Author Blue Balliett

Author Blue Balliett near the Harold Washington Library in Chicago on Monday, February 18, 2013. (Zbigniew Bzdak, Chicago Tribune / February 17, 2013)

Where to begin in addressing the most pressing needs of the children of homeless families, whose members lack necessities most people take for granted?

Do not underestimate the ability of a mystery story to lift and empower even these children, whose access to food, shelter and schooling is tenuous.

Chicago-based author Blue Balliett's new book, "Hold Fast" is a literary mystery set amid the harsh realities of the homeless. Joining the ranks of Calder and Petra, the resourceful preteen heroes of Balliett's previous novels, "Chasing Vermeer," "The Wright 3" and "The Calder Game," and Zoomy in "The Danger Box" is 11-year-old Early Pearl, a whip-smart book-loving girl whose world is upended when her father, Dashel, who works at the Harold Washington Library, goes missing.

A harrowing series of events culminates with a frightening invasion that leaves the Pearls' one-room rental apartment in Woodlawn destroyed and the family on the run. Desperate and destitute, they become embroiled in Chicago's beleaguered shelter system. But not lost. Despite several setbacks, the Pearls are a tightly knit family. Early, especially, never loses faith that her father will return (when others suggest he has abandoned them) and is determined to follow inscrutable clues hidden in words and rhythms to track him down.

This piece first ran in Printers Row Journal, delivered to Printers Row members with the Sunday Chicago Tribune and by digital edition via email. Click here to learn about joining Printers Row.

But more, she stiffens her resolve never to allow herself to become helpless. "She wouldn't allow that to happen," Balliett writes. "She could see that being helpless in a situation like this was dangerously close to becoming just plain less."

Early is an inspiring role model, but the very children for whom Early might resonate most might not have easy access to the book. Balliett had a much wider audience in mind.

"I wanted to write a book for kids everywhere," she said. "But I also wanted to write a book that would allow kids who are lucky enough to never have imagined this world to have greater sensitivity toward it and understand more about it."

Balliett dramatizes this in a gut-wrenching scene set in Early's new school, where a student dismisses her as a "shelter kid."

"Hold Fast" was "years in the making," Balliett said. Of her books, it took the longest to write and was the most difficult.

She was initially moved to write it when she noticed "more faces on the streets" in the recession's wake. A longtime supporter with her family of the Chicago Coalition for the Homeless, she was all too familiar with news stories about families losing their jobs, struggling to meet basic needs, and losing their homes.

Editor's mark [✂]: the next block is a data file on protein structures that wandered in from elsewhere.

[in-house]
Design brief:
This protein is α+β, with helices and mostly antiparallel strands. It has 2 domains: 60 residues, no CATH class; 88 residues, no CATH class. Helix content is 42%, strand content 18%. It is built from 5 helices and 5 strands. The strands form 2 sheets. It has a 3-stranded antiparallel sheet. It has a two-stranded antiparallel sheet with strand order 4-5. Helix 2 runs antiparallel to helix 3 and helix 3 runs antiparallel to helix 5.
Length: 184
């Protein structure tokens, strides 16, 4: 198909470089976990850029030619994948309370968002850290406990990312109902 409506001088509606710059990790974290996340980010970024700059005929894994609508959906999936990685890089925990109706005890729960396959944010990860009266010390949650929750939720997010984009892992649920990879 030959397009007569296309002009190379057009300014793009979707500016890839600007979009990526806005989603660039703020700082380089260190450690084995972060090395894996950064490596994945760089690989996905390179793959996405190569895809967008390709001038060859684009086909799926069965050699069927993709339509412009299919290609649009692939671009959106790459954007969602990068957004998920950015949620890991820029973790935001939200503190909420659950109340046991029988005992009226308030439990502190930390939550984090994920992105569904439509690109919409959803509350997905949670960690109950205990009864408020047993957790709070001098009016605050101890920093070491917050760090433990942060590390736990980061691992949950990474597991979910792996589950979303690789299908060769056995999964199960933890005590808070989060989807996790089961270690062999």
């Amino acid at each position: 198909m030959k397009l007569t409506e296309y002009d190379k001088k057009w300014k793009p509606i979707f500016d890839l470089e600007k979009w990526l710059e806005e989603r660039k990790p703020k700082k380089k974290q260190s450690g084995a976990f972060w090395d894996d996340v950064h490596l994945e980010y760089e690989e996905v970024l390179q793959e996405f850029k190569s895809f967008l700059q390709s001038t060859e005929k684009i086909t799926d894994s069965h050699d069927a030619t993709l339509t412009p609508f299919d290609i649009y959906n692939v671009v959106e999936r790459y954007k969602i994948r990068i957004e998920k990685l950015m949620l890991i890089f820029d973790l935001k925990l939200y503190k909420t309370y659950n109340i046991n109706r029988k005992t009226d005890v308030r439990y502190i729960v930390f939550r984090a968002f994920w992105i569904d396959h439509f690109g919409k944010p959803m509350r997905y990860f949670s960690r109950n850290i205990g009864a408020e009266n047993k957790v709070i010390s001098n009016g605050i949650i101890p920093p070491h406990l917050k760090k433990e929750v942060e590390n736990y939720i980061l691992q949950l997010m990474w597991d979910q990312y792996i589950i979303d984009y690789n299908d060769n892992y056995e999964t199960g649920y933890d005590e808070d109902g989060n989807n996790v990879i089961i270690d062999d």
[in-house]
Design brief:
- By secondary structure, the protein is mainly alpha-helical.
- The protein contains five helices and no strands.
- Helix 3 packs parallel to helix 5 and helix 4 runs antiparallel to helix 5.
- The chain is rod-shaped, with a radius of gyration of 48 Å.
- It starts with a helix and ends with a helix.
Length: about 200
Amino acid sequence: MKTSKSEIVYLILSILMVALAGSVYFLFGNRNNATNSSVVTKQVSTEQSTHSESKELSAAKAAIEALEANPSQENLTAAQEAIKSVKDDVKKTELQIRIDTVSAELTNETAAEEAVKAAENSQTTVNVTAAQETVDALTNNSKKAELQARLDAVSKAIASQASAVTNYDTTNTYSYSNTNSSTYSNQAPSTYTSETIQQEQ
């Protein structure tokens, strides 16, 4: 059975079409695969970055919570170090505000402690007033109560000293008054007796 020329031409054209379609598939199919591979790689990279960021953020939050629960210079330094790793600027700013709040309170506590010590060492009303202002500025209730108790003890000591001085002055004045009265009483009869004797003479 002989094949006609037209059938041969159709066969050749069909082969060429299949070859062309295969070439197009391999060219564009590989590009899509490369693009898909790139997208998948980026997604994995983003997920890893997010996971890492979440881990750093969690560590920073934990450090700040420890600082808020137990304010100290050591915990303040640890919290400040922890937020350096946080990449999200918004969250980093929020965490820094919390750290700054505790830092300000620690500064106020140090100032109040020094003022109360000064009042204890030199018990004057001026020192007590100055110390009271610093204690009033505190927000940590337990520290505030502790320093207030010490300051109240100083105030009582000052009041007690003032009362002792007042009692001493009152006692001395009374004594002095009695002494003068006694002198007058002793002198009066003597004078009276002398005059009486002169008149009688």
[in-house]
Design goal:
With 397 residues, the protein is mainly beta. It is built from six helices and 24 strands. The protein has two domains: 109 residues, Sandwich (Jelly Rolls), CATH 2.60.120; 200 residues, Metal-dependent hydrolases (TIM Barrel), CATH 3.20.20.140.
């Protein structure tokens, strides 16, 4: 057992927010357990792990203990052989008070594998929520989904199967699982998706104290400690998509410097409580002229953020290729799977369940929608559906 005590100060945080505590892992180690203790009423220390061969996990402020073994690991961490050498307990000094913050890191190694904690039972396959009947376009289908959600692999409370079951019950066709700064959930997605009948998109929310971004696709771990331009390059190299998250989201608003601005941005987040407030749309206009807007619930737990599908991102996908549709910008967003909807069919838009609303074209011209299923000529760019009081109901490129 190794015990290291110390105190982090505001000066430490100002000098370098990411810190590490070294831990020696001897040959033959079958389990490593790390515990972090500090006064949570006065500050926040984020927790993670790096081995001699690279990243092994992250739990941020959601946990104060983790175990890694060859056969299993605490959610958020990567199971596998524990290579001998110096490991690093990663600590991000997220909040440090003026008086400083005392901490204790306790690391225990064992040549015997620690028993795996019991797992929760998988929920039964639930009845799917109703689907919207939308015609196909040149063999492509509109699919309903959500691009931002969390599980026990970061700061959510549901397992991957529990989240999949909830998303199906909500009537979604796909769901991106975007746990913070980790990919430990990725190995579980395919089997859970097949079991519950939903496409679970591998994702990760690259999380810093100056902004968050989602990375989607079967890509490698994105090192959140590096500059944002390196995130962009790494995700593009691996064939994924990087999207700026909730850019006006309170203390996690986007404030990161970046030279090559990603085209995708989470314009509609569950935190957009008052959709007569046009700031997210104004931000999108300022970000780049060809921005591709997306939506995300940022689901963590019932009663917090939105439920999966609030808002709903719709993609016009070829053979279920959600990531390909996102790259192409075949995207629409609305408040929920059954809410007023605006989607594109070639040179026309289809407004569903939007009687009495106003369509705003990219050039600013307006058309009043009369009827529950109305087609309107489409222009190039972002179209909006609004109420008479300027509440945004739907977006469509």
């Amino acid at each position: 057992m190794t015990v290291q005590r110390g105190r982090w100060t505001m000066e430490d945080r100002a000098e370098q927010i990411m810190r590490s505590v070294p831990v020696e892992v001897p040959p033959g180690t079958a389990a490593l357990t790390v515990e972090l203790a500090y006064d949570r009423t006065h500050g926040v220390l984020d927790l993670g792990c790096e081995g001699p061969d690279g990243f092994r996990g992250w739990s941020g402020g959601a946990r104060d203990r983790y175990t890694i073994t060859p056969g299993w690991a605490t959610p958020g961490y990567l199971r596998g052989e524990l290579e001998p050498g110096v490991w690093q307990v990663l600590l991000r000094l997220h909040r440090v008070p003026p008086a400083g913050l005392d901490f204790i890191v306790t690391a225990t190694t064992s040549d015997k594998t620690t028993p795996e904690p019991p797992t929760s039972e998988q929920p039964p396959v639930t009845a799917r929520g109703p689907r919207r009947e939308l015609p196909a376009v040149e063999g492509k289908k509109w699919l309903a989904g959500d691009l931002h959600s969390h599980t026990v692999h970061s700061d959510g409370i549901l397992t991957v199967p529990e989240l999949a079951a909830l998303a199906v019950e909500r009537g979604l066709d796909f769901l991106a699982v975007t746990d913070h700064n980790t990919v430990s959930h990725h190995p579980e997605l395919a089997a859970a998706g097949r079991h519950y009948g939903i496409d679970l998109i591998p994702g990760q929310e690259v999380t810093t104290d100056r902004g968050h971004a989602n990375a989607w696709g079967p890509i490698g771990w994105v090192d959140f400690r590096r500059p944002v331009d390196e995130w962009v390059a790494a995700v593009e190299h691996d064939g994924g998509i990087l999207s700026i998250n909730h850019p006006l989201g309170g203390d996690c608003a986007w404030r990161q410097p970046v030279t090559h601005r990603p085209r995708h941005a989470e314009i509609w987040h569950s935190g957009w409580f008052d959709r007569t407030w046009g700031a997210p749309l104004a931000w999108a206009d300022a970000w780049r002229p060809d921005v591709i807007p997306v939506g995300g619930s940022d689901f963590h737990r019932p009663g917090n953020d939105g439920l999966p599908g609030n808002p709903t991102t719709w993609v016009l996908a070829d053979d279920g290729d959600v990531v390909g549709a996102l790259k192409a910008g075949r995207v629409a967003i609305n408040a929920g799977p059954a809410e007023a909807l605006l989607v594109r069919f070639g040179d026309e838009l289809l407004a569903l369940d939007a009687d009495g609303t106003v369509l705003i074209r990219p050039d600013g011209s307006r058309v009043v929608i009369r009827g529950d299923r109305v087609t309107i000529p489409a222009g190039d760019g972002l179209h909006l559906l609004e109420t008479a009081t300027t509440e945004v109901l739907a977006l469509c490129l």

"But there was practically nothing, nothing, nothing about the kids," she said. "The invisibility was dreadful."

And yet homelessness increasingly has the face of a young child, said Michael Nameche, Chicago Coalition for the Homeless director of development. This year Chicago Public Schools alone are on track to accept 18,000 identified homeless students, a 5 percent increase over the previous year, he said.

Balliett was compelled to volunteer in shelters around the city. "I wanted to get a little closer," she said. "But as a writer, it was difficult. I couldn't pretend to be a neutral (observer). A lot of the shelters, by law, need to protect the families within, and the minute you say you're a writer, they are understandably leery, even if you explain you write books for children. It was quite a journey just getting my toe in the door."

What Balliett observed was heartbreaking, but she saw resiliency in many of the children she spoke with and listened to, and she infused "Hold Fast" with an indomitable spirit as personified by Early and her family.

"I have to say for a long time I didn't know if I could write this book," she said. "But I was so moved by getting a chance to talk to these kids and listen to what they were talking about that I decided what I wanted to do was give them their own mystery in the way my other Chicago characters had their own mysteries. It was so clear they were like kids anywhere. Some of them clearly have had a harder time in life than others, but many of them are doing well in school and excited about life and holding on to their dreams of having a home. I heard that over and over."

Balliett also wanted to address the stigma attached to being homeless, which can be especially hurtful to children. Because of it, children desperately try to pass as not being homeless, Nameche said.

"They do not want to be treated differently," he said. "Their parents will take great care to make sure they're dressed nicely. They are not going to panhandle and draw attention to themselves. The assumption in the absence of a glaring cardboard sign is that someone has a place they can call their own at night."

This added burden kids carry further goaded Balliett to write the book.